- The Washington Times - Thursday, August 27, 2020

Maryland Gov. Larry Hogan announced Thursday that all county school systems can safely reopen during the coronavirus pandemic, as many of the state’s public school students prepare to begin the fall term with remote learning.

The Republican governor said the decision about reopening schools lies with county officials, but he strongly endorsed resuming classes with face-to-face instruction.

“It is absolutely critical that we begin the process of getting our children safely and gradually back into the classrooms,” Mr. Hogan said Thursday afternoon during a media briefing. “There is no substitute for in-person instruction.”

He cited a 3.3% statewide positivity rate for COVID-19 testing, stating that Maryland is doing much better with the pandemic than much of the U.S. He noted that the state’s positivity rate has been under 5% for 63 consecutive days and under 4% for 19 days.

Since coronavirus metrics have dramatically improved, Mr. Hogan described it as unacceptable that some school districts have not considered plans to reopen and said plans should use a hybrid approach that includes some in-person instruction.

School districts were required to submit their plans to the state on Aug. 14. Of the state’s 24 school districts, 16 have developed plans that include some in-person learning and eight have planned only for online instruction, according to Mr. Hogan. Montgomery, Prince George’s, Howard and Anne Arundel counties have planned for online-only instruction for the first semester.

Schools that reopen will need to follow physical distancing, cleaning and disinfection and quarantine guidelines, officials said.

Dr. Jinlene Chan, Maryland’s acting deputy health secretary, said that jurisdictions that are below 5% test positivity rate and 5 cases per 100,000 people should be able to hold in-person instruction as long as guidance on physical distance and face masks is followed.

She said jurisdictions with higher rates should be able to put in place a hybrid model of online and in-person instruction. According to those benchmarks, schools in all jurisdictions as of Thursday can open for some in-person learning, Dr. Chan said.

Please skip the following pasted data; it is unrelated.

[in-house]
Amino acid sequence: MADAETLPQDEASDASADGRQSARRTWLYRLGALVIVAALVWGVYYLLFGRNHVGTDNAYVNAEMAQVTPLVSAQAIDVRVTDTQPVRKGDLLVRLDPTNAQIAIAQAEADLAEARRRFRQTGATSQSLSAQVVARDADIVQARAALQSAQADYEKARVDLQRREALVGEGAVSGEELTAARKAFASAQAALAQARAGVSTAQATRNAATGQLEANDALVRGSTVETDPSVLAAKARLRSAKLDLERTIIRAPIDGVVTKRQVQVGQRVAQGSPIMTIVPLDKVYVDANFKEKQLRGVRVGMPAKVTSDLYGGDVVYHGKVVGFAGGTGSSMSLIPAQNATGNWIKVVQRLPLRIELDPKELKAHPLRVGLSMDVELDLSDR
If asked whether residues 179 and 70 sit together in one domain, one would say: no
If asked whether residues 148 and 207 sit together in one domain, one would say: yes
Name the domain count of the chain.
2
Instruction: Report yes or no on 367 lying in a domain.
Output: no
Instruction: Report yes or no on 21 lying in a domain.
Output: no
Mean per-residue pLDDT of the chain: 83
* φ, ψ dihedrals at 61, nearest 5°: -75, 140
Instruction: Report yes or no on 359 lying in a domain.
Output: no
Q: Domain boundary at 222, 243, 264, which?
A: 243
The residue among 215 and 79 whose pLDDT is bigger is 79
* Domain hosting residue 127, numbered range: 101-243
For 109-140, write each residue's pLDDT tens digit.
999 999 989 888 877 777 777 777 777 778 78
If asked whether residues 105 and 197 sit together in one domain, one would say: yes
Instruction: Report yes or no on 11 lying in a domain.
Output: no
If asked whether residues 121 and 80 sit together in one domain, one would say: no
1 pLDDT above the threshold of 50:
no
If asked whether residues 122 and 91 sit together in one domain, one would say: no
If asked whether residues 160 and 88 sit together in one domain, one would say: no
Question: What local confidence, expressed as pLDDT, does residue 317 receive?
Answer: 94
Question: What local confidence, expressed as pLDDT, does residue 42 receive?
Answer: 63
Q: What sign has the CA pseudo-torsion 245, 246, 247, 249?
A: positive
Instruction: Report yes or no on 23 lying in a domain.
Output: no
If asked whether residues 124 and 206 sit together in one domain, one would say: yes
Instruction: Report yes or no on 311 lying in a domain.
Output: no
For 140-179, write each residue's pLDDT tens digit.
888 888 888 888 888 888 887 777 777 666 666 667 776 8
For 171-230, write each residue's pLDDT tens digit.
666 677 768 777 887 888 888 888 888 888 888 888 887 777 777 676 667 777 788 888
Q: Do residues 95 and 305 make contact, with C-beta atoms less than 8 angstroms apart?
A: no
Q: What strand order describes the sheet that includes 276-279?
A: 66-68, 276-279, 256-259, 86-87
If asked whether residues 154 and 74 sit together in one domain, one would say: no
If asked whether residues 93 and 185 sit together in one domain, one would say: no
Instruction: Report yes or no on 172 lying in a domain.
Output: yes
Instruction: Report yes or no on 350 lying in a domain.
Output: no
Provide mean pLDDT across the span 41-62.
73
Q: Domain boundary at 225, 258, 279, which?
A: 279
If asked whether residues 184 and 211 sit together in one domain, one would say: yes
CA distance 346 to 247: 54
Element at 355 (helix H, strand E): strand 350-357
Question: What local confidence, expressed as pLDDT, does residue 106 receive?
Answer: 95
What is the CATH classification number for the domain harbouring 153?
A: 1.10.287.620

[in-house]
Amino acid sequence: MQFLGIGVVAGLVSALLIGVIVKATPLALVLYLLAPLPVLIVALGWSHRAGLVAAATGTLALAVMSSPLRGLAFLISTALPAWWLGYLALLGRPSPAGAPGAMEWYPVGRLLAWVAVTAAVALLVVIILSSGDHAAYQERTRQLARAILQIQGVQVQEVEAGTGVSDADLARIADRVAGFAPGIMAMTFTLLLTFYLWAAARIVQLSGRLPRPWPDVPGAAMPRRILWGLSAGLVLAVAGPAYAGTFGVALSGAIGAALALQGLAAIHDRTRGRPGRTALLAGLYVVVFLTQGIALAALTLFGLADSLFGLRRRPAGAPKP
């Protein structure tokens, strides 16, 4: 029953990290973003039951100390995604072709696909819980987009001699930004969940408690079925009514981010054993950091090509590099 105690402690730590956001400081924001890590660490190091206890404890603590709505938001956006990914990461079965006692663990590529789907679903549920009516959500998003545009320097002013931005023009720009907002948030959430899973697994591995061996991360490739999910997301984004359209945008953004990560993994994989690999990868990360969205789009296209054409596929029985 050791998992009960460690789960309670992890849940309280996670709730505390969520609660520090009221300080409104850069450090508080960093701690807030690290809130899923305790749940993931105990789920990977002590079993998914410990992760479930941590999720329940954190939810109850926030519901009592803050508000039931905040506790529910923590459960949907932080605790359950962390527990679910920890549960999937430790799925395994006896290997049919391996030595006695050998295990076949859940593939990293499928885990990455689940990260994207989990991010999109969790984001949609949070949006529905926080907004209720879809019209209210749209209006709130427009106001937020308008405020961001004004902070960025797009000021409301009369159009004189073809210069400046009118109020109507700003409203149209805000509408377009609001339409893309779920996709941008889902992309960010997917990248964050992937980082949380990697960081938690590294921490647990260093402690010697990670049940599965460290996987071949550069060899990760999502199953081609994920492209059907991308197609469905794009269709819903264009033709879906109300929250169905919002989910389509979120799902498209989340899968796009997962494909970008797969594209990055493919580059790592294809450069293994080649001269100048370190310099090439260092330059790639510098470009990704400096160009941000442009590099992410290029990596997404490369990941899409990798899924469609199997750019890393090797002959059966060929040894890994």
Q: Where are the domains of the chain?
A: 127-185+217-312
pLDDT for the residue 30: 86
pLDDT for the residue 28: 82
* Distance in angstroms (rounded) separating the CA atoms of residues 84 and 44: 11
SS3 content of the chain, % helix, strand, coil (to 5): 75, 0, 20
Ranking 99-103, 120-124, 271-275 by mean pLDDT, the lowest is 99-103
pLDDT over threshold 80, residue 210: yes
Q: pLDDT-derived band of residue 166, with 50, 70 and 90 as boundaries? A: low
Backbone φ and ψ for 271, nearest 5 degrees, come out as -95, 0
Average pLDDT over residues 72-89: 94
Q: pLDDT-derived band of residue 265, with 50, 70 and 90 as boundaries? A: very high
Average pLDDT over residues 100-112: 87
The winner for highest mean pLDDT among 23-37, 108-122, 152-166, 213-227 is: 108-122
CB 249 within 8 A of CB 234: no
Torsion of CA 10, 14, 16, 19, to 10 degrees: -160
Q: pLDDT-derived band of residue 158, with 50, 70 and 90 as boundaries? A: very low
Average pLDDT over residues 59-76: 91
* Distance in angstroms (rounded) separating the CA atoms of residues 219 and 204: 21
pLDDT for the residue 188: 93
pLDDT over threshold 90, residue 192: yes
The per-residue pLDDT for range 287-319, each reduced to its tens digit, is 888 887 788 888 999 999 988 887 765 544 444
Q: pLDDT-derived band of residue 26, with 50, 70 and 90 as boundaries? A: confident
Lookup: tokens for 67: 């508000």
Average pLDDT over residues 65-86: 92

If there is a COVID-19 outbreak in a school, decisions will be made on a case-by-case basis. The affected school system would have to work with local health officials to decide mitigation measures needed to protect students or whether to shut down an entire school or classroom.

Maryland schools Superintendent Karen Salmon urged districts to look at their modes of learning by the end of the first quarter of the school year, noting the struggle for at-risk students and those with disabilities to not have in-person instruction.

“It’s impossible to ignore the impact that not having students in the classroom is having on every area of daily life,” Ms. Salmon said.

The Maryland State Department of Education next week will discuss the minimum number of hours of face-to-face instruction that school systems should have.

The state is going to provide incentives for school districts that are working on plans to get back to in-person instruction. Ms. Salmon announced $10 million in grants for school systems that bring students back for in-person learning.

While the governor urged school districts to reopen, he said the state does not have the authority to order them to do so.

“We’re going to do what we can within the law, but we’re not going to change state law to take away the authority of school boards,” Mr. Hogan said.

Officials in Montgomery County, which begins its online school term Monday, have clearly expressed opposition to returning students to the classrooms.

“We continue to feel strongly that it’s not safe for schools to open, and we continue to recommend that nonpublic schools which haven’t made decisions to not open yet,” County Executive Marc Elrich said Wednesday at a media briefing.

As of Thursday, the coronavirus has infected more than 106,000 state residents and killed nearly 3,600, health department data shows.

• Shen Wu Tan can be reached at stan@washingtontimes.com.

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